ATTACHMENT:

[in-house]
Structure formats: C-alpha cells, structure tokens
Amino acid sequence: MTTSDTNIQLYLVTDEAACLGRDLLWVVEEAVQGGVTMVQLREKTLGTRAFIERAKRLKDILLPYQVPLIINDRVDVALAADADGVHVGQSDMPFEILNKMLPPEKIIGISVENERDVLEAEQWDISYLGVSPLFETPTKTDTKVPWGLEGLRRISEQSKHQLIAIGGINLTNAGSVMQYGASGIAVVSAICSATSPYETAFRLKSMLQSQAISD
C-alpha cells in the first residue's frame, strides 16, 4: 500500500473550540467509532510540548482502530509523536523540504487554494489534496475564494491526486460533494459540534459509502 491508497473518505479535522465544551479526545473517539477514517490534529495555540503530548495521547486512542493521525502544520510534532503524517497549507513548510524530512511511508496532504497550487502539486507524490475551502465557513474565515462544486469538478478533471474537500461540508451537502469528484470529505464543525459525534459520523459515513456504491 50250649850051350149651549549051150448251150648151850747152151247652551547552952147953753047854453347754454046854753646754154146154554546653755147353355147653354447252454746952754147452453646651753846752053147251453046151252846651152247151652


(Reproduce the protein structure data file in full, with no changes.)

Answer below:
[in-house]
Structure formats: C-alpha cells, structure tokens
Amino acid sequence: MTTSDTNIQLYLVTDEAACLGRDLLWVVEEAVQGGVTMVQLREKTLGTRAFIERAKRLKDILLPYQVPLIINDRVDVALAADADGVHVGQSDMPFEILNKMLPPEKIIGISVENERDVLEAEQWDISYLGVSPLFETPTKTDTKVPWGLEGLRRISEQSKHQLIAIGGINLTNAGSVMQYGASGIAVVSAICSATSPYETAFRLKSMLQSQAISD
C-alpha cells in the first residue's frame, strides 16, 4: 500500500473550540467509532510540548482502530509523536523540504487554494489534496475564494491526486460533494459540534459509502 491508497473518505479535522465544551479526545473517539477514517490534529495555540503530548495521547486512542493521525502544520510534532503524517497549507513548510524530512511511508496532504497550487502539486507524490475551502465557513474565515462544486469538478478533471474537500461540508451537502469528484470529505464543525459525534459520523459515513456504491 50250649850051350149651549549051150448251150648151850747152151247652551547552952147953753047854453347754454046854753646754154146154554546653755147353355147653354447252454746952754147452453646651753846752053147251453046151252846651152247151652